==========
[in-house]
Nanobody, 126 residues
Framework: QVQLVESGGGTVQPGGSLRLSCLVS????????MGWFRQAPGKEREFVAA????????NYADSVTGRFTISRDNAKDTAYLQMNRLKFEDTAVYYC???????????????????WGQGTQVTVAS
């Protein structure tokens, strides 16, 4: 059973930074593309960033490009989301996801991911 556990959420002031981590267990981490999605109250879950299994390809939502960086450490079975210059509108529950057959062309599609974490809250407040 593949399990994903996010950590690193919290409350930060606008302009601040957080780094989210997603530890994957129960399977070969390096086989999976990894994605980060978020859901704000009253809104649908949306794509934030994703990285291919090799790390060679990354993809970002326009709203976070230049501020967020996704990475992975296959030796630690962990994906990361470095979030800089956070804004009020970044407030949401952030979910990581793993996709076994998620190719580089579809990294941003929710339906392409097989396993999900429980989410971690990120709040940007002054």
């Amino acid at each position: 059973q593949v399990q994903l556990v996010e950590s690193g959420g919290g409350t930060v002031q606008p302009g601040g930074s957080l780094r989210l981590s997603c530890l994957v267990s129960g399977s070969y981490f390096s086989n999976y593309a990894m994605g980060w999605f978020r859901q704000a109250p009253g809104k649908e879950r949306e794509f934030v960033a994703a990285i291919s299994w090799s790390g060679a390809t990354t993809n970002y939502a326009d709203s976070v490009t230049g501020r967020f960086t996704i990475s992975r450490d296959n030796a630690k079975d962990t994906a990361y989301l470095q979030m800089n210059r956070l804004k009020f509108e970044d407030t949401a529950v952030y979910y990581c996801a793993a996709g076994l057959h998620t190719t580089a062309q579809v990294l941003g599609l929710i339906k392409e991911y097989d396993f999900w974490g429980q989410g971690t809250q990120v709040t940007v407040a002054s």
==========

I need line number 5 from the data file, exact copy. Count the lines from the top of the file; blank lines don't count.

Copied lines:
């Amino acid at each position: 059973q593949v399990q994903l556990v996010e950590s690193g959420g919290g409350t930060v002031q606008p302009g601040g930074s957080l780094r989210l981590s997603c530890l994957v267990s129960g399977s070969y981490f390096s086989n999976y593309a990894m994605g980060w999605f978020r859901q704000a109250p009253g809104k649908e879950r949306e794509f934030v960033a994703a990285i291919s299994w090799s790390g060679a390809t990354t993809n970002y939502a326009d709203s976070v490009t230049g501020r967020f960086t996704i990475s992975r450490d296959n030796a630690k079975d962990t994906a990361y989301l470095q979030m800089n210059r956070l804004k009020f509108e970044d407030t949401a529950v952030y979910y990581c996801a793993a996709g076994l057959h998620t190719t580089a062309q579809v990294l941003g599609l929710i339906k392409e991911y097989d396993f999900w974490g429980q989410g971690t809250q990120v709040t940007v407040a002054s």